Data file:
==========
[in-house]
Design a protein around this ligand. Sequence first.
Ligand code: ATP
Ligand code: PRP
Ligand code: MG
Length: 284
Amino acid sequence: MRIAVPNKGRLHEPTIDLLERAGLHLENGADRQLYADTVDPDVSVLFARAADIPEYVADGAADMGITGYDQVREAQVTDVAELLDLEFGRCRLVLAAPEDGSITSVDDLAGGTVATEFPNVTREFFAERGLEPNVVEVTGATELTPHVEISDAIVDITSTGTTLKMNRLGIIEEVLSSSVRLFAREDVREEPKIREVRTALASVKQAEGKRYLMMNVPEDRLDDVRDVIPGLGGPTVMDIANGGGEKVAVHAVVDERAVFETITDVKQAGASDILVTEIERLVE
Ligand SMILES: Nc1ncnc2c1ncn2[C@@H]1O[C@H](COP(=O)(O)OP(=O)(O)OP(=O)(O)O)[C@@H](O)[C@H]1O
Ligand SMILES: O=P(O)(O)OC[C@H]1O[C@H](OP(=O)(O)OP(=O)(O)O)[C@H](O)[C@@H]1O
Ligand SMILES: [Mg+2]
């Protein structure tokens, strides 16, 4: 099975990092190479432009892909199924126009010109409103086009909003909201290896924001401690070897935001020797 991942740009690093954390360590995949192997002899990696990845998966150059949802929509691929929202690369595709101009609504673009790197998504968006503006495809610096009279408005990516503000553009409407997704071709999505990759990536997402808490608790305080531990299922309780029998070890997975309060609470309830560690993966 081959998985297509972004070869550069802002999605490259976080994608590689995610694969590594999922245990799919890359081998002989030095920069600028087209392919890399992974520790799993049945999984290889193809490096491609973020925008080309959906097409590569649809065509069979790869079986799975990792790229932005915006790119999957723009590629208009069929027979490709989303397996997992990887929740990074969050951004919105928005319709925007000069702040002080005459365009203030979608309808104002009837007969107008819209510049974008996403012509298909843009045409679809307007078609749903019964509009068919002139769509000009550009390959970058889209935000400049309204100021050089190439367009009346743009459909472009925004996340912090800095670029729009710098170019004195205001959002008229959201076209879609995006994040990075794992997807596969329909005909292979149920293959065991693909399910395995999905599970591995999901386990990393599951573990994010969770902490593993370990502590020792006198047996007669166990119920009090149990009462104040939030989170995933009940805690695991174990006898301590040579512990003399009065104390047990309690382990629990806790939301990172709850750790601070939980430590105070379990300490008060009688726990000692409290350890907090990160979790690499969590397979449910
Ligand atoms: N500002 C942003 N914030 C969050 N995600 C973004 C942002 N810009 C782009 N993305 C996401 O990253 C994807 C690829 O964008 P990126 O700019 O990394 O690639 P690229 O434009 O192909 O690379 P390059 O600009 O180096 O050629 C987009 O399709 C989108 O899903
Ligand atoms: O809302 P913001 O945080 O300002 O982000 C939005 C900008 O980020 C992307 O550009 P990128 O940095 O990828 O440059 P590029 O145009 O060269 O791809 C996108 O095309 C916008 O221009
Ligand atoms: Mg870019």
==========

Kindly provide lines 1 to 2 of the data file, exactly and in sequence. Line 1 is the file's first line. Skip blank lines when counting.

[in-house]
Design a protein around this ligand. Sequence first.